Don’t let go of that mental image as I endeavor to explain a bit about the technical aspect. Bitcoin belongs to a new kind of asset class, one that is called a crypto-currency. Its very existence is predicated upon a network of computers that resides within the internet. This Bitcoin network consists of thousands of individuals who are online and connected to one another at every given second of the day, constantly communicating with one another through pieces of software designed with this one networking purpose in mind. Through complex cryptographic means, each coin and all of its transaction history is known to the network while keeping the identity of the owner of this coin completely private. Due to the fact that transmission from one owner to another (the financial transaction) is broadcast to the entire network, it is made virtually impossible to then use the coin again since everyone knows you’ve already given it away – thus it overcomes the problem of double-spending (think “copy & paste”) the same coin. The analogy to a gold coin (or any physical good) is that only one person can ever hold and own the coin, thus it is scarce (in the economic sense) and one person owning the coin prevents another person from owning it.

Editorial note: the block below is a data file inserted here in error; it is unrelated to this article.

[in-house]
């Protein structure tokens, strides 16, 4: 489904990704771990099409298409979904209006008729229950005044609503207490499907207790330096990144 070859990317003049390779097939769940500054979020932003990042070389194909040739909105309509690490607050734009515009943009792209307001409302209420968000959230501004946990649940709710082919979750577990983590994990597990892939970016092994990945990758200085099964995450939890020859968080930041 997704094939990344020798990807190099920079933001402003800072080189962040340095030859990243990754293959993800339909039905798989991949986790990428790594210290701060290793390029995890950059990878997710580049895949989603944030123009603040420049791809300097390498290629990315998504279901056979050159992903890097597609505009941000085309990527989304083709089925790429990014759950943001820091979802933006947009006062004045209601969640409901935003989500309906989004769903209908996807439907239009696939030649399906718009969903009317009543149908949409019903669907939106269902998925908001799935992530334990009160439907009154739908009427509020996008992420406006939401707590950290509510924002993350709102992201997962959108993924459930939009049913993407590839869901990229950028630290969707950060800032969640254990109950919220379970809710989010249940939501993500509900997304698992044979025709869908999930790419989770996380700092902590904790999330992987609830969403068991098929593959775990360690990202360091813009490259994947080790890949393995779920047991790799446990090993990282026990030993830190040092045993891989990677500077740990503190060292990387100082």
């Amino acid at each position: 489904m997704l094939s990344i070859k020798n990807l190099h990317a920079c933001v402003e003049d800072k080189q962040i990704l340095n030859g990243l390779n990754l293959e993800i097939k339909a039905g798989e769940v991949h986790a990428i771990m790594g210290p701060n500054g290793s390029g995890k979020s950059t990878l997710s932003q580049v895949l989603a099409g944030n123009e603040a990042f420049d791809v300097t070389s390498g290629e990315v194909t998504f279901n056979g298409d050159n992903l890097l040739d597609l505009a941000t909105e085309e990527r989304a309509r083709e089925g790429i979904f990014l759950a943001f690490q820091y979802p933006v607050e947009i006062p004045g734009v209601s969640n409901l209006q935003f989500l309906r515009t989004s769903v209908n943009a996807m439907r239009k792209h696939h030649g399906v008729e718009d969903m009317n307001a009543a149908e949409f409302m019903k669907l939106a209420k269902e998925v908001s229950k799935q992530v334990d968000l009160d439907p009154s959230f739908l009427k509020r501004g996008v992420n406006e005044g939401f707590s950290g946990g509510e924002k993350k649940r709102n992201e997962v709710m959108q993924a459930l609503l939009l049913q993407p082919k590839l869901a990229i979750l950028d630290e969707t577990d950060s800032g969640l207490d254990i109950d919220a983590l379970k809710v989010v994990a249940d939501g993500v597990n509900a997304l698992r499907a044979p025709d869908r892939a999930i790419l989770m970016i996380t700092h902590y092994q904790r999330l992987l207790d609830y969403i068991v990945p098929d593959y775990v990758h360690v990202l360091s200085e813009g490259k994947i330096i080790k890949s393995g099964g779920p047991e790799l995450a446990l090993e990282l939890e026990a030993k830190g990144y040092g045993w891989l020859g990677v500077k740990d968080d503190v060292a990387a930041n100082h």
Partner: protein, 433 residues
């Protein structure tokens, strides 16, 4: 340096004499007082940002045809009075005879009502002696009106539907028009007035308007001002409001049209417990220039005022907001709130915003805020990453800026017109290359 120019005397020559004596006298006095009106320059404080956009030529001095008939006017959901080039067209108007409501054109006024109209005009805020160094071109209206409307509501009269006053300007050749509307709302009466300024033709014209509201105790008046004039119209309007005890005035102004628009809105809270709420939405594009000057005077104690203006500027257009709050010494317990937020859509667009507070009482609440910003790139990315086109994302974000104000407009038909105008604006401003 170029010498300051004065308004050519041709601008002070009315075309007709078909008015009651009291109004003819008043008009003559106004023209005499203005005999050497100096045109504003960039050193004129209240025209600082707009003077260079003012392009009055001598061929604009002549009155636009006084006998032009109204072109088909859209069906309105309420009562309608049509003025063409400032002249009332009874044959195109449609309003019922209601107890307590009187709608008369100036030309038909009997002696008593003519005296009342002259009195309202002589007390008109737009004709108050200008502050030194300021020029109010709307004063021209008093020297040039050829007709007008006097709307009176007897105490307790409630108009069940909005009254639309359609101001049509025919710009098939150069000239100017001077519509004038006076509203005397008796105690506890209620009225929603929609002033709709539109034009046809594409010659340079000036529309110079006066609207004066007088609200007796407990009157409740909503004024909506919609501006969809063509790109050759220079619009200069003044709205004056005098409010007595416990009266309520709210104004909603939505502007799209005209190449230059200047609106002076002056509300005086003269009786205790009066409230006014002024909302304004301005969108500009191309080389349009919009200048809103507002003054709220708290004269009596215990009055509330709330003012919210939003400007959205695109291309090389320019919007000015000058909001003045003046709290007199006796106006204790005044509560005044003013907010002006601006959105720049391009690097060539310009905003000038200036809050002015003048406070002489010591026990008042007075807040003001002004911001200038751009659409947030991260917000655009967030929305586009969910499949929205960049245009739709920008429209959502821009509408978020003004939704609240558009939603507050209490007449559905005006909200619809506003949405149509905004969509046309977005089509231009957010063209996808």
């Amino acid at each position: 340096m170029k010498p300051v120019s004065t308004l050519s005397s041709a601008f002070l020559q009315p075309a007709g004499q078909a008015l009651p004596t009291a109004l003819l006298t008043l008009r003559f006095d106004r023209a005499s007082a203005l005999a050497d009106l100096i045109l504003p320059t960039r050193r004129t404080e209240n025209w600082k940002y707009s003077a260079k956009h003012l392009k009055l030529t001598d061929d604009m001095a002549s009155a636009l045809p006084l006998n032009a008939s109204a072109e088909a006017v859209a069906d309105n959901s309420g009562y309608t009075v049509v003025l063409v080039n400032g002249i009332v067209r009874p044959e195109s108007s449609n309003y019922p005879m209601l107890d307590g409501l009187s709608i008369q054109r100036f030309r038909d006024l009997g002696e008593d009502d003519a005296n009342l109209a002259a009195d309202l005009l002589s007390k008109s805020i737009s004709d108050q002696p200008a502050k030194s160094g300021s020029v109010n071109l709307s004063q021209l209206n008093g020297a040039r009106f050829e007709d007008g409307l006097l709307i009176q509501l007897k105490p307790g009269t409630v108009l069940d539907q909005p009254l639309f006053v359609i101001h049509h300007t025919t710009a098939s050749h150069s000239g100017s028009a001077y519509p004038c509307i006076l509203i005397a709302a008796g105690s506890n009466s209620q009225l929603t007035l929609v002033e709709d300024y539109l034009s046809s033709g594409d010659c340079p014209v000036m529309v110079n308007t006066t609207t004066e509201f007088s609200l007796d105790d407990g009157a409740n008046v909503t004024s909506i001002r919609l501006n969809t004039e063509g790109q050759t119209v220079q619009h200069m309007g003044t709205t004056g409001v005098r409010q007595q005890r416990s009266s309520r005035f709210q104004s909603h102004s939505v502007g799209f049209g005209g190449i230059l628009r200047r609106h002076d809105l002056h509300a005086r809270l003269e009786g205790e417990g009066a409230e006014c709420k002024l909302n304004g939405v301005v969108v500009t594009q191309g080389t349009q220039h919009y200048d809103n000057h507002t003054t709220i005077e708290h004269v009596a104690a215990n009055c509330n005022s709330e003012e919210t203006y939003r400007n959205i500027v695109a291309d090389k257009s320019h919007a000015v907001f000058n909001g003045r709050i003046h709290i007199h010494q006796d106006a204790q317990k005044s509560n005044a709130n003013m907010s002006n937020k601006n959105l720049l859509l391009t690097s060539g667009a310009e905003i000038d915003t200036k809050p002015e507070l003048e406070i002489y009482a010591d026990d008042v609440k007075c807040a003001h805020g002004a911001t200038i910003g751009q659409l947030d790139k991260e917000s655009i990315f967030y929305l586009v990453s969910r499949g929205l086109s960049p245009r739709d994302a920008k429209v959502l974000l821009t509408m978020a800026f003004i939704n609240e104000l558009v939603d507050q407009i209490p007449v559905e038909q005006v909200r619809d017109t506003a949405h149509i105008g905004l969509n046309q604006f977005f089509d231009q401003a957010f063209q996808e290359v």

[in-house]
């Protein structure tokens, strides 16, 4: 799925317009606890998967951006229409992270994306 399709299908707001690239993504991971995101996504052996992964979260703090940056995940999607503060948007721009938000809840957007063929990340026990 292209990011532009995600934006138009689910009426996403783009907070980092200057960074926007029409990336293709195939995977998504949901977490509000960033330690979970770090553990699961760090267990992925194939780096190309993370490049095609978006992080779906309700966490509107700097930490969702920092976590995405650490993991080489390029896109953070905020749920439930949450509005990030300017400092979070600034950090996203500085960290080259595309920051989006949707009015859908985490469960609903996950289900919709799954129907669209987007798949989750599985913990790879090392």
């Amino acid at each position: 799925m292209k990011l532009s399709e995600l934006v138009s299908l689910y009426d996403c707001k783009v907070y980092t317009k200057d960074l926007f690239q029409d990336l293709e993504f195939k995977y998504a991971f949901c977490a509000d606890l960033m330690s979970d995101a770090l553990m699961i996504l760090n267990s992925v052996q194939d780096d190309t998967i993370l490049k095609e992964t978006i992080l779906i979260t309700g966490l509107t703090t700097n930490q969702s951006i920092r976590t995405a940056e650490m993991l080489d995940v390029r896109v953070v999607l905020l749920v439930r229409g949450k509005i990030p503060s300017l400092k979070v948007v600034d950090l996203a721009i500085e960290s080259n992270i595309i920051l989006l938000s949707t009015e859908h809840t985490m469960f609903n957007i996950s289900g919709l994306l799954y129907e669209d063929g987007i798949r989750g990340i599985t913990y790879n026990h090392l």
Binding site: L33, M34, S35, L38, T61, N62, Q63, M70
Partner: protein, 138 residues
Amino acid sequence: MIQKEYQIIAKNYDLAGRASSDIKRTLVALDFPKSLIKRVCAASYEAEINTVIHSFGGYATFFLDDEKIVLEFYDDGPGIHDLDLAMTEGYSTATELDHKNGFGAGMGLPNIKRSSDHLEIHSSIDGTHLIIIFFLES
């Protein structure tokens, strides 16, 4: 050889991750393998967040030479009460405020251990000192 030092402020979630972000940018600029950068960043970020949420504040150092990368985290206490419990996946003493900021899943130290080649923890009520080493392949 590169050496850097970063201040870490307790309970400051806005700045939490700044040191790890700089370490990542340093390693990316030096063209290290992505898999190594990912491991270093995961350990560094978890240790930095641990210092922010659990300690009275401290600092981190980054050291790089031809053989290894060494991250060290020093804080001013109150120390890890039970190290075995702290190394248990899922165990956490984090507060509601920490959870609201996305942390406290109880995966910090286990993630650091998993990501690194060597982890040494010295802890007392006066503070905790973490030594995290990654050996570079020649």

As to the technical aspect of ‘mining’ bitcoins, these again are computers running specialized software on this network. Miners solve complex algorithms to discover which string of characters would be the next Bitcoin to be produced. The computations are so complex, and increasingly so, that the computers required are expensive, state of the art computers using up time, space and energy. Inherent in the Bitcoin network design, there is a capacity to the network (21 million bitcoins) and inherent to the mining process, it becomes exponentially more difficult to solve these algorithms. Therefore, by nature, the rate of creation of new coins is decreasing and an upper limit is in place. Today over half are in existence, within 25 years over 99 percent will have been mined and by the year 2140 no more coins will be added to the supply. The analogy to gold mining is that gold is finite and it takes effort to discover it; ‘real world’ resources, time and money, are expended in the process. While, of itself, this doesn’t give Bitcoins their value, it does make it either profitable or not and it incentivizes entrepreneurs where the profit exists. Bitcoins cannot be created out of thin air by a Federal Reserve-like entity. It is a commodity that will attract miners should it be profitable, and likewise detract miners when loss-making conditions arise. It is a product of the free-market.
The value of money and Bitcoin